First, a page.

However, when changes in the net diversification rate are mediated solely by increasing extinction rates through time, reconstructed LTT curves bear little trace of the high diversification rates that were present in the early stages of a radiation (Fig. 4C, 4D). Distributions of γ for such phylogenies indicate that the relative waiting times between successive speciation events (as inferred from the topology that includes only extant taxa) retain no signature of declining net diversification rates through time (Fig. 5E, 5F). When phylogenies are simulated under the EXVAR model, we found that the largest declines in diversification rates yield the largest values of γ (Fig. 5F); such positive values of γ are traditionally interpreted as consistent with increasing diversification through time or high extinction (e.g., Barraclough and Vogler 2002; Linder et al. 2003). These high γ values under high extinction are almost certainly due to the “pull of the present” (Nee et al. 1994a,b), whereby high relative extinction rates—the ratio of extinction to speciation—create an apparent excess of recently diverged lineages in reconstructed phylogenies. This phenomenon has been discussed previously as a potentially confounding issue in diversification analyses (Nee 2001; Rabosky 2006b), because high relative extinction rates can create the spurious impression of increasing diversification through time, even when rates have not changed. Here we find that this effect is strong enough to overcome even massive declines in net diversification rate, potentially leading researchers to infer a temporal increase in net diversification rates in situations in which net diversification is actually declining via increasing extinction.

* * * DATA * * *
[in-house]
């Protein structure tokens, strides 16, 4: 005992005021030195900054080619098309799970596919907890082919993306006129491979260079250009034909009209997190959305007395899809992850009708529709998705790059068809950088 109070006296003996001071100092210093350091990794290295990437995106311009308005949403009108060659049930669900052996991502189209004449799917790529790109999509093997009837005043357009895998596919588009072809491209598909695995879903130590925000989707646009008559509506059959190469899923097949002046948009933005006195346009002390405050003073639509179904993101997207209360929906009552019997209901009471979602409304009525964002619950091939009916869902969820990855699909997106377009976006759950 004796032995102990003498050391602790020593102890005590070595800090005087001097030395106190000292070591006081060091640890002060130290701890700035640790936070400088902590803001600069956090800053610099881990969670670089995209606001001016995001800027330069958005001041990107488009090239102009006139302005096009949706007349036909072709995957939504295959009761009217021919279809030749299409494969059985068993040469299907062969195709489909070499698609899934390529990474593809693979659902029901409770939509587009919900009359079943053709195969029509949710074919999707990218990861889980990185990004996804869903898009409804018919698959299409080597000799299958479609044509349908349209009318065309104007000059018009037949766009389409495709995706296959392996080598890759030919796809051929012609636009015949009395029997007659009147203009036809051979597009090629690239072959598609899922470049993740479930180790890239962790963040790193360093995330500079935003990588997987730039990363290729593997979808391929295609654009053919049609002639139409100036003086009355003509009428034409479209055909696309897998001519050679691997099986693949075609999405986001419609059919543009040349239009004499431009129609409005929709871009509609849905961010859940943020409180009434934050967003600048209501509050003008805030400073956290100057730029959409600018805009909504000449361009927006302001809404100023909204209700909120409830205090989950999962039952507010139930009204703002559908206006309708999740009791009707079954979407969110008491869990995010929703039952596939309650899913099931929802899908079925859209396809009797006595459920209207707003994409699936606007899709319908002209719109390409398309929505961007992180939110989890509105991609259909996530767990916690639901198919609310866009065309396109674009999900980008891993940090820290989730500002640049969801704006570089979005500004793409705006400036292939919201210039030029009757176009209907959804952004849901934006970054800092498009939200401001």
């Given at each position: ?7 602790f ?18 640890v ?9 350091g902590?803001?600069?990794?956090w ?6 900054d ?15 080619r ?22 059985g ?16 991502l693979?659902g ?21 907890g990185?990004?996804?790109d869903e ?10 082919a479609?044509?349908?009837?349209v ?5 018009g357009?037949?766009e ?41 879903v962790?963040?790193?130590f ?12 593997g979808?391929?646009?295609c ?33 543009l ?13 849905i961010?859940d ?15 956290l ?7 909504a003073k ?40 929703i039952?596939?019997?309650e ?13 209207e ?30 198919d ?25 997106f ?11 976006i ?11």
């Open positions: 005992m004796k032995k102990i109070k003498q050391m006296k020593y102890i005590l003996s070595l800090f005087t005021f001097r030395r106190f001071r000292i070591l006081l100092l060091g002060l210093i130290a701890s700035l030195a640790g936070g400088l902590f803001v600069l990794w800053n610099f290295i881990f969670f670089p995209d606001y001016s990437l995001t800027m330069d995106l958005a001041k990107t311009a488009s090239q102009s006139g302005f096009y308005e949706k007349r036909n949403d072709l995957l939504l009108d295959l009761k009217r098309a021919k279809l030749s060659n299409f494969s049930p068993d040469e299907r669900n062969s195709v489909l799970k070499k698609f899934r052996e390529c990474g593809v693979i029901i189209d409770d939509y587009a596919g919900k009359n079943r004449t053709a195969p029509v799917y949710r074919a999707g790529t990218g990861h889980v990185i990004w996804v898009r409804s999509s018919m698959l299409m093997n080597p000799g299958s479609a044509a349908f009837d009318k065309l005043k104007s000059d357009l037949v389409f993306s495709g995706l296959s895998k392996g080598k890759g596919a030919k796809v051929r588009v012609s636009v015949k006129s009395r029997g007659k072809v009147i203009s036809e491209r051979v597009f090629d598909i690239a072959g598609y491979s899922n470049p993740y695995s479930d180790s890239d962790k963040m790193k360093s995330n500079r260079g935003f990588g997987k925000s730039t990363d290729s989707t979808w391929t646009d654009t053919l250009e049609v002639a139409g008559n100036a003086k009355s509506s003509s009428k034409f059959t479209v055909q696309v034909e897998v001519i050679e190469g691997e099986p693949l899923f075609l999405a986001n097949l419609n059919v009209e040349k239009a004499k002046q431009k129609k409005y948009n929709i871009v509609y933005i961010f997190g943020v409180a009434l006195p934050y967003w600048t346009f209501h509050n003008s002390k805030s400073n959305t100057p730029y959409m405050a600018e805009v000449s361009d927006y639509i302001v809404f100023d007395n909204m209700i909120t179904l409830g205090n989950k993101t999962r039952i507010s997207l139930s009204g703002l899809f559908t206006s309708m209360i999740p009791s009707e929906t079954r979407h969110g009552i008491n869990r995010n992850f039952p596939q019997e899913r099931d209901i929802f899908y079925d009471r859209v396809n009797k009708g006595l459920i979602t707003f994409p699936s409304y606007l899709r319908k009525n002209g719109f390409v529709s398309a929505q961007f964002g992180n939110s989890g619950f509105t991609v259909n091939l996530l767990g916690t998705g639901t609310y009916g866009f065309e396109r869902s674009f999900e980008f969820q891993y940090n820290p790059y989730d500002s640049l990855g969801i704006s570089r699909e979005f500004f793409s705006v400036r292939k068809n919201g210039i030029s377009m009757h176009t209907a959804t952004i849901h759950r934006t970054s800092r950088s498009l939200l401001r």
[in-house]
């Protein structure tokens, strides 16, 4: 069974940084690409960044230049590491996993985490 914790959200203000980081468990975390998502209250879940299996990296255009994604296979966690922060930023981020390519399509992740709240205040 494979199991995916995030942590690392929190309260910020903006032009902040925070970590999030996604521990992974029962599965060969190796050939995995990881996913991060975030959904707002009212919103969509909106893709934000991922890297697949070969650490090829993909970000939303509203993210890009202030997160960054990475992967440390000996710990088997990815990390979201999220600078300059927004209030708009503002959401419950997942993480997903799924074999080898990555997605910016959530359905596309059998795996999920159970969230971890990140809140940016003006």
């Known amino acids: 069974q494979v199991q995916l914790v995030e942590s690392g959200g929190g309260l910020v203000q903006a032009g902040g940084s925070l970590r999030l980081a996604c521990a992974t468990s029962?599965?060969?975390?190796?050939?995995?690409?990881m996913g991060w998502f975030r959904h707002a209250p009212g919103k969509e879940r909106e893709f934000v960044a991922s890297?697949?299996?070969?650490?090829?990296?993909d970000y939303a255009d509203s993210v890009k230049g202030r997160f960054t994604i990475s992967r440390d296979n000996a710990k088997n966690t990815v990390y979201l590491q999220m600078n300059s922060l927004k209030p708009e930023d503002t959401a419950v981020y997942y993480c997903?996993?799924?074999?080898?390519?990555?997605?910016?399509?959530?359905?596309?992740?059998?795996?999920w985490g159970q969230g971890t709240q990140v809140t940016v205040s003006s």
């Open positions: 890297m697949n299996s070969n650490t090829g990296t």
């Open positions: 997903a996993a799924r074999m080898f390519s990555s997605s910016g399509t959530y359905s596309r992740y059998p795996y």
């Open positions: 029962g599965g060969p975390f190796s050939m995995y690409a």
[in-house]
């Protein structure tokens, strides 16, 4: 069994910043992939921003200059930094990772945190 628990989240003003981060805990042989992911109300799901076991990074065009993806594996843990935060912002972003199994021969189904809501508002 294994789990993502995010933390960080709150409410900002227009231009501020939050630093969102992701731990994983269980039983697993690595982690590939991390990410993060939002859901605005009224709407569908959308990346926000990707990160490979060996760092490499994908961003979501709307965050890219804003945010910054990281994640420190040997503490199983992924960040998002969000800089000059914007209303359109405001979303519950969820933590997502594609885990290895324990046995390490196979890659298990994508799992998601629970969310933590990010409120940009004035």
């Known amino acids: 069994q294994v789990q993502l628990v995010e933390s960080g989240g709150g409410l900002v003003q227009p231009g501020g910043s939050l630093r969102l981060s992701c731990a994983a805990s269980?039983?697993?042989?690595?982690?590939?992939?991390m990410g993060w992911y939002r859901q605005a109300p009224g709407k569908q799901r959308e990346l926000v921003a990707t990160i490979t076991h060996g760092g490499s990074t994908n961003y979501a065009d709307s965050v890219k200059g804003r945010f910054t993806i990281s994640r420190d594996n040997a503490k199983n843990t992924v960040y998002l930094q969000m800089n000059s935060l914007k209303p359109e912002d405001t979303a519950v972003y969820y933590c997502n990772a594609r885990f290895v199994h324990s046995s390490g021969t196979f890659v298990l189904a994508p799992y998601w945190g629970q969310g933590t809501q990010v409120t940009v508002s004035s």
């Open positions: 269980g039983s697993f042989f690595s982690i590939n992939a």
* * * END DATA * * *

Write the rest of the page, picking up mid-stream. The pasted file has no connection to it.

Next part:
These results imply that traditional interpretations of LTT plots and associated test statistics may be naive if the potential role of extinction is neglected. An apparent excess of recently diverged lineages in LTT plots is typically interpreted as consistent with increasing diversification through time or high relative extinction rates (Barraclough and Vogler 2002; Turgeon et al. 2005; Rabosky 2006b; Roelants et al. 2007). Our results indicate that that declining net diversification through time could yield similar patterns of lineage accumulation in reconstructed phylogenies, if the decline is driven by increasing extinction rates.

We also found that high but constant extinction rates erode the signature of explosive-early speciation. We expected to observe some reduction in our ability to detect temporally declining speciation under high background extinction, as the “pull of the present” would partially offset the rapid rise in lineages at the start of the radiation. However, we were unprepared for the observation that the distribution of γ from even a 15-fold decline in the net diversification rate was virtually indistinguishable from a constant rate diversification process (Fig. 5C, D) under high but constant extinction rates. This result suggests that, when background extinction rates have been high, even large declines in the rate of speciation through time will be difficult to detect using phylogenies of extant taxa only.